Kitchens are among the most popular remodeling projects, which means there’s plenty of information available on choosing the styles and colors that work best for your home. But there’s much less talk about the basics: for instance, what makes for a quality custom kitchen cabinet? Let’s go over a few pointers.
The first decision you’ll make when selecting cabinets for your kitchen remodeling project is which material to use. As you might expect, the highest quality cabinets are made from solid wood such as hard maple, cherry, ash, birch, pine, hickory, and red and white oak.
Be aware when working with solid woods that they should be completely finished on all sides before being transferred from their manufacturing company to your home since atmospheric changes in moisture can warp unfinished surfaces.
The second best cabinet material option is a plywood core with a hardwood veneer.This combination is more affordable than solid hardwood and can still appear authentic since its outside is composed of hardwood, but because the hardwood layer is thinner, its overall integrity can’t match that of hardwood.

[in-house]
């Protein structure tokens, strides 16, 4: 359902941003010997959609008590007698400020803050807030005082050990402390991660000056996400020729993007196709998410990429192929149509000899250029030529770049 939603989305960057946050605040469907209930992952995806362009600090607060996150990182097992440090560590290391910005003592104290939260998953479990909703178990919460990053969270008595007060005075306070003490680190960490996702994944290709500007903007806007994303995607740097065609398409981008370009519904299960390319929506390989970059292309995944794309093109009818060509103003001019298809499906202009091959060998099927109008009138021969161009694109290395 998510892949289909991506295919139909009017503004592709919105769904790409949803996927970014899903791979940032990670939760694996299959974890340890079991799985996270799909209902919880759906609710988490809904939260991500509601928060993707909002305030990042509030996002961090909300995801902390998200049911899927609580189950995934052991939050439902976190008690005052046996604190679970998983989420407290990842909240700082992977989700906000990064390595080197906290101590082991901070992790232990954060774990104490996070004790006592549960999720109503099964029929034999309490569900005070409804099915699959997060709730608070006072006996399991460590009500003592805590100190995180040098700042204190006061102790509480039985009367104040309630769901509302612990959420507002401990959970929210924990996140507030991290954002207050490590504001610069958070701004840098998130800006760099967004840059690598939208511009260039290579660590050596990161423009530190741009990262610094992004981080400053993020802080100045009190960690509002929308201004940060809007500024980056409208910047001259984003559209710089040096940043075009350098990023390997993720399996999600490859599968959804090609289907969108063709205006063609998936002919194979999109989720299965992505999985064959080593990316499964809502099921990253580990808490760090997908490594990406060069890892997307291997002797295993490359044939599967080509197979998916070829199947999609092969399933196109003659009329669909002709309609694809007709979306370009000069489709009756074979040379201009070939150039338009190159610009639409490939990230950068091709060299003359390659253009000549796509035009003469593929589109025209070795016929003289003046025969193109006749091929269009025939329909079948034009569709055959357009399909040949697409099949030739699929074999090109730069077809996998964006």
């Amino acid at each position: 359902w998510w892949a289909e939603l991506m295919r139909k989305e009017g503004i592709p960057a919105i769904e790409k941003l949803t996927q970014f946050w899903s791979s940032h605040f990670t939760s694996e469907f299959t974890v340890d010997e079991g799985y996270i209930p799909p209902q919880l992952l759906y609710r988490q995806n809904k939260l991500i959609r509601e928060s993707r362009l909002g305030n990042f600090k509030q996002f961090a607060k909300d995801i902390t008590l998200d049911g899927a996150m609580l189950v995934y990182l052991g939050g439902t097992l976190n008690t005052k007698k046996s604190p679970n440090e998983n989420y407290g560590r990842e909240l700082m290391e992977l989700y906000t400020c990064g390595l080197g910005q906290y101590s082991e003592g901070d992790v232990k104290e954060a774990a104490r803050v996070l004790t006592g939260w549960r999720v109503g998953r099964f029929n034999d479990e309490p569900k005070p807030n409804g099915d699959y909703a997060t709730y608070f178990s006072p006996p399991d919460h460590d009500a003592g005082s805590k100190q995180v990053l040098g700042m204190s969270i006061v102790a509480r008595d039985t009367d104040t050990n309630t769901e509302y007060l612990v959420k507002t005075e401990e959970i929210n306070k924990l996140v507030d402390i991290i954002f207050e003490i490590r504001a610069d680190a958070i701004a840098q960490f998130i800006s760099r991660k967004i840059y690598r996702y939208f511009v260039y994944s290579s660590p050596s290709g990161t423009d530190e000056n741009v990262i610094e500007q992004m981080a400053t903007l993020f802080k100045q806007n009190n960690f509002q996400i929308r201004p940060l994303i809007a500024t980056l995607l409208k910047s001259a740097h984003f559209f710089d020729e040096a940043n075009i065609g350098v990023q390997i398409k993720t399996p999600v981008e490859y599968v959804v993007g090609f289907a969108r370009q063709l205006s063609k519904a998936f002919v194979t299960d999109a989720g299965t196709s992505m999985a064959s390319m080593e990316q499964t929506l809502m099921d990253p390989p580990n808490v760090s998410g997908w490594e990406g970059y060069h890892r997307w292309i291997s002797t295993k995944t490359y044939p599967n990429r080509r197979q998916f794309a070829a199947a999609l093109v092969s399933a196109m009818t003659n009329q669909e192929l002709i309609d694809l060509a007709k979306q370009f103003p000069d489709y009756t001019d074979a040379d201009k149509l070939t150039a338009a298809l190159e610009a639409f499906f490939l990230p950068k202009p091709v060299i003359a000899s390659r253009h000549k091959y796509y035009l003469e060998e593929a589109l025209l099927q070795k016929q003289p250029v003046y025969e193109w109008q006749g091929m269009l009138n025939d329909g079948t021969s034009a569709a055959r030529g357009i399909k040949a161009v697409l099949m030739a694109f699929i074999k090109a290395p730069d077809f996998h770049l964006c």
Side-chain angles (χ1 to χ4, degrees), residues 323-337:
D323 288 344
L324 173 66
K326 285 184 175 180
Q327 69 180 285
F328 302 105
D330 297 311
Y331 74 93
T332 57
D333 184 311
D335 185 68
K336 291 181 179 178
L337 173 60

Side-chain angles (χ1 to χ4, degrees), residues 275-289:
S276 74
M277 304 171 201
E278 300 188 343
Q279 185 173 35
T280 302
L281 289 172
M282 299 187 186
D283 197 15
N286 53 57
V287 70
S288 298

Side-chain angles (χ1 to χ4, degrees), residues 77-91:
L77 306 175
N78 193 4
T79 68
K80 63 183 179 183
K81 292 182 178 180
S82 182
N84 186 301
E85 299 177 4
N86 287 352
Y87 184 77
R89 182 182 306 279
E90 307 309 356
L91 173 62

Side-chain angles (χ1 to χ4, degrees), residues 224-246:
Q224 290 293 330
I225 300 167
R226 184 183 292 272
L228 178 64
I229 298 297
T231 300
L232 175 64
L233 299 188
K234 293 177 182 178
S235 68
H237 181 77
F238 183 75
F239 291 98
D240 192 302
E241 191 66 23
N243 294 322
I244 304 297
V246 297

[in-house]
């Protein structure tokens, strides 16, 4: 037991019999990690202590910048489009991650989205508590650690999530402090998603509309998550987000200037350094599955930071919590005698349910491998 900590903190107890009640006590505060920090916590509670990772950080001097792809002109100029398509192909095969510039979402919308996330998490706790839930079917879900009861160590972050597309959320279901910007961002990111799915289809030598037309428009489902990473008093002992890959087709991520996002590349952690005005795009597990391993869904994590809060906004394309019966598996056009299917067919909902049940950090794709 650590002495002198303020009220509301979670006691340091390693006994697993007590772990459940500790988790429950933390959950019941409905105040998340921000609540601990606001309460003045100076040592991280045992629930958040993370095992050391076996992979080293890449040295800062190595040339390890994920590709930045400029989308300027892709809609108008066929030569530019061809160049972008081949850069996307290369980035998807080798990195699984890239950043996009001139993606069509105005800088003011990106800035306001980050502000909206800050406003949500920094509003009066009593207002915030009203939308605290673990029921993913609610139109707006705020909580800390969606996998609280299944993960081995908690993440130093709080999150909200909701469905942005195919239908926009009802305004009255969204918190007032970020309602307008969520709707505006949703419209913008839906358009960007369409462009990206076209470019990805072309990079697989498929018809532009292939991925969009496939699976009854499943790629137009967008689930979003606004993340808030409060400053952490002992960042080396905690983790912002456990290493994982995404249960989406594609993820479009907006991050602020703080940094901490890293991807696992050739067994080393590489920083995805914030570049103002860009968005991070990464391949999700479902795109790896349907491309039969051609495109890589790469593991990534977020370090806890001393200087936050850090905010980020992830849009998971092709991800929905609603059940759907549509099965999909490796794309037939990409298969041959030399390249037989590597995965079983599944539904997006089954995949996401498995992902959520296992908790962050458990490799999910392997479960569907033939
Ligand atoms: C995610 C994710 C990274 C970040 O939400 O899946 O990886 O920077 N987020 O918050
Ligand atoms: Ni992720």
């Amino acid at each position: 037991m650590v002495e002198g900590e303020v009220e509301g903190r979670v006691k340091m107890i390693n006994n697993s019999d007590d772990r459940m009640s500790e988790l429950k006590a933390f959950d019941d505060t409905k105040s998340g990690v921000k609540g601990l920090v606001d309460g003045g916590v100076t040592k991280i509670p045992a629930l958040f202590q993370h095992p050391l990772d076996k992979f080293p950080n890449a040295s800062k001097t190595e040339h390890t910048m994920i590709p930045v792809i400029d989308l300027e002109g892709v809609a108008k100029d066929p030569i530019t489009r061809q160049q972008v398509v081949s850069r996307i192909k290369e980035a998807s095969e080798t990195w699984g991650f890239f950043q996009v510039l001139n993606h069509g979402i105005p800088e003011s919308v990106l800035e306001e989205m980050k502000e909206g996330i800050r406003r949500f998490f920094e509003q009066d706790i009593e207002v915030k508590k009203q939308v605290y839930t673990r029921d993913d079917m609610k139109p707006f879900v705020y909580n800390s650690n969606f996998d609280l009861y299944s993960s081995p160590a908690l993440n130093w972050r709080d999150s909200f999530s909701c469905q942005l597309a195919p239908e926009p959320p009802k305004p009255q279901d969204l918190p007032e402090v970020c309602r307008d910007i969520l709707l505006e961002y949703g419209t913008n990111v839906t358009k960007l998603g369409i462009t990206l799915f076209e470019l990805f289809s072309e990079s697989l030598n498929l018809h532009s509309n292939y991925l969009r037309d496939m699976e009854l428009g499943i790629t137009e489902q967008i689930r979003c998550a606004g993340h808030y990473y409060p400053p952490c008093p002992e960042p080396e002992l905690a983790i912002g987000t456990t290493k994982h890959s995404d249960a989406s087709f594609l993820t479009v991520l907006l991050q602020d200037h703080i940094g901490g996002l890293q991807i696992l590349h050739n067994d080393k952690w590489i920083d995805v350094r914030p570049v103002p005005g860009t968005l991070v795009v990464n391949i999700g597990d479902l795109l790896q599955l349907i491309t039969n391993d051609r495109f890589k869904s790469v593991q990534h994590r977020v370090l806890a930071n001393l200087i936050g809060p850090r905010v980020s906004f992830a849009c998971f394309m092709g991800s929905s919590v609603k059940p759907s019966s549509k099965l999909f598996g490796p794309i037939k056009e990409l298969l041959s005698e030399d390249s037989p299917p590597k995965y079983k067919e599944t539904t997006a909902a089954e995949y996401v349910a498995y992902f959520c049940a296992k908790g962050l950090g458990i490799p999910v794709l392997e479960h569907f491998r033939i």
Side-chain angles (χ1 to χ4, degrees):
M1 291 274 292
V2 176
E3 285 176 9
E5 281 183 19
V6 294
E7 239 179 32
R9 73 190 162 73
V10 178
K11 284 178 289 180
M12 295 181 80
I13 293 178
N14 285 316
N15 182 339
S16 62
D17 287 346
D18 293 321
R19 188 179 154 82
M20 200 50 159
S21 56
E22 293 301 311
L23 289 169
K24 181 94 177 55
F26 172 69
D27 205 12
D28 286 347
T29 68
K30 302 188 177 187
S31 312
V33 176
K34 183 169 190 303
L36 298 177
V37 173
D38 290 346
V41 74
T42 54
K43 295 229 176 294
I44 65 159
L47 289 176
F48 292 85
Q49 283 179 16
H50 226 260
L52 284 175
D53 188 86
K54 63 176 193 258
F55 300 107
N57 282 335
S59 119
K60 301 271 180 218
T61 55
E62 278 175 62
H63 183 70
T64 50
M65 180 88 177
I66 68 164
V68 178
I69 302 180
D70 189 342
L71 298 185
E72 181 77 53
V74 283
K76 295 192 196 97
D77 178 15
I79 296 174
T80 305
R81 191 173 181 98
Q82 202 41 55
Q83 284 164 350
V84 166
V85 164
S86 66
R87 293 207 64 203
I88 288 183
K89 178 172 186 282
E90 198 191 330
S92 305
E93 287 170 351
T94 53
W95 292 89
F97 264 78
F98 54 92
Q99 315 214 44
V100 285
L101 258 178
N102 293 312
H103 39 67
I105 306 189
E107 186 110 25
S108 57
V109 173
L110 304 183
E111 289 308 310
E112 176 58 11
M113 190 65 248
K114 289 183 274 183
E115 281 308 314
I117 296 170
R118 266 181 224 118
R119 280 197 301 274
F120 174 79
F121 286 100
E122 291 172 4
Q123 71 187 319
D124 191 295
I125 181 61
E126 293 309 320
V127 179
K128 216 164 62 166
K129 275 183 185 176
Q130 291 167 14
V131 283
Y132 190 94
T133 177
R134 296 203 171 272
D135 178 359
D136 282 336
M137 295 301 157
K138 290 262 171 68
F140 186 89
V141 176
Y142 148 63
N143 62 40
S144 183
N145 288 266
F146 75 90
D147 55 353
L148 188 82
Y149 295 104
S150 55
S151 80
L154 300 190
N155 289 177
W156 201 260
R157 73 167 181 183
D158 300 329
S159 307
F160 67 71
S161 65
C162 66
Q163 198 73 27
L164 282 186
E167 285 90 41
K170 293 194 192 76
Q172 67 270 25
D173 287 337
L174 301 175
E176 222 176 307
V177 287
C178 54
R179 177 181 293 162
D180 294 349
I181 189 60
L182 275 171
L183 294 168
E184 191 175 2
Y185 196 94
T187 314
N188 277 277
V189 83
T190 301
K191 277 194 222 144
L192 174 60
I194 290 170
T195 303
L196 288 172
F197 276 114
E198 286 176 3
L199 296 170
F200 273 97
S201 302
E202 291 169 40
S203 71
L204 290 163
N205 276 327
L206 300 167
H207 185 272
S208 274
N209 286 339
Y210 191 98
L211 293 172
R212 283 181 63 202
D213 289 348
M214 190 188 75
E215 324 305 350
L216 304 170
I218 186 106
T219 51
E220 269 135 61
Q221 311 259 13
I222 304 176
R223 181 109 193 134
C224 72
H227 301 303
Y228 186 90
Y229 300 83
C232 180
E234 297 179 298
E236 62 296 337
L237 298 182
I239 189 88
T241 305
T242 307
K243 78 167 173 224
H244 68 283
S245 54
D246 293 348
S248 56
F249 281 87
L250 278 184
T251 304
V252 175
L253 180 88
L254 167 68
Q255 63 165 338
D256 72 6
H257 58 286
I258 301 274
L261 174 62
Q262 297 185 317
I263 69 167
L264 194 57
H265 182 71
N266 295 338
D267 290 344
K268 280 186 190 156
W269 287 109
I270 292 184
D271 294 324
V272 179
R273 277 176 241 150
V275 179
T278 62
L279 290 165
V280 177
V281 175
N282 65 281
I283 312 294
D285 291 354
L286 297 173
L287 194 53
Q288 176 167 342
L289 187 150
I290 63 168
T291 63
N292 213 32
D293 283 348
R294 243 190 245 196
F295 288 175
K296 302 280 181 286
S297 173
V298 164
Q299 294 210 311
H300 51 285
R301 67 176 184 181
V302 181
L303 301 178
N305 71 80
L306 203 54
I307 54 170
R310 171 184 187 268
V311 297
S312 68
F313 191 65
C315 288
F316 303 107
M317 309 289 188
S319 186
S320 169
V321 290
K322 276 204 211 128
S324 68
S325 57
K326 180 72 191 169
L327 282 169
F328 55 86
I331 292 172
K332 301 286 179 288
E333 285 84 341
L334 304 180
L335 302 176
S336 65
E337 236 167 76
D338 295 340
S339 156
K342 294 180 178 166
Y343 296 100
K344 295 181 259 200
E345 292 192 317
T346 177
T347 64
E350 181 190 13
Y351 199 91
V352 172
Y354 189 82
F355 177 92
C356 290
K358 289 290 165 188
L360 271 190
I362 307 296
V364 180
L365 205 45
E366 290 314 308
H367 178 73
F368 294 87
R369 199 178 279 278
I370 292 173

Materials to avoid include thermofoil and laminates. Thermofoil cabinets use heat and pressure to bind a printed vinyl exterior onto a substrate, while laminates are made from a paper substrate, a printed and colored surface, and a protective coating.
Cabinet Construction Counts
In terms of the cabinet construction itself, you’ll first want to make sure that your wood is thick enough to support the weight of high-quality countertops. This means that your front frames should be ¾” thick. You’ll also want to make sure that you’re using solid hardwood to mount your cabinets to your walls.
Next, examine how your cabinets are fitted together. Cabinet boxes should be supported by l-beam or corner braces, and the wood should be fitted together with tight dovetail joints for maximum stability. (Other cabinets use dowels, rabbets, glue, or staples for joining, but these are less stable options.)
Top Drawer Hardware
Now it’s time to look at the fine tuning. Many cabinet drawer slides are made of nylon or plastic, but you’ll want to make sure yours are made of metal slides with high load bearing ratings. Next, it’s best if the slides are mounted underneath rather than on the side so that you can maximize your storage space inside the drawer.
Finally, don’t forget that investing in special features can make a substantial difference in ease of use. Here’s what to look for: full extension or over-travel slides so that your drawers extend fully; soft-close action so that doors and drawers will protectively close themselves when directed; and adjustable drawer slides so that you can realign pathways when cabinet alignment shifts with time.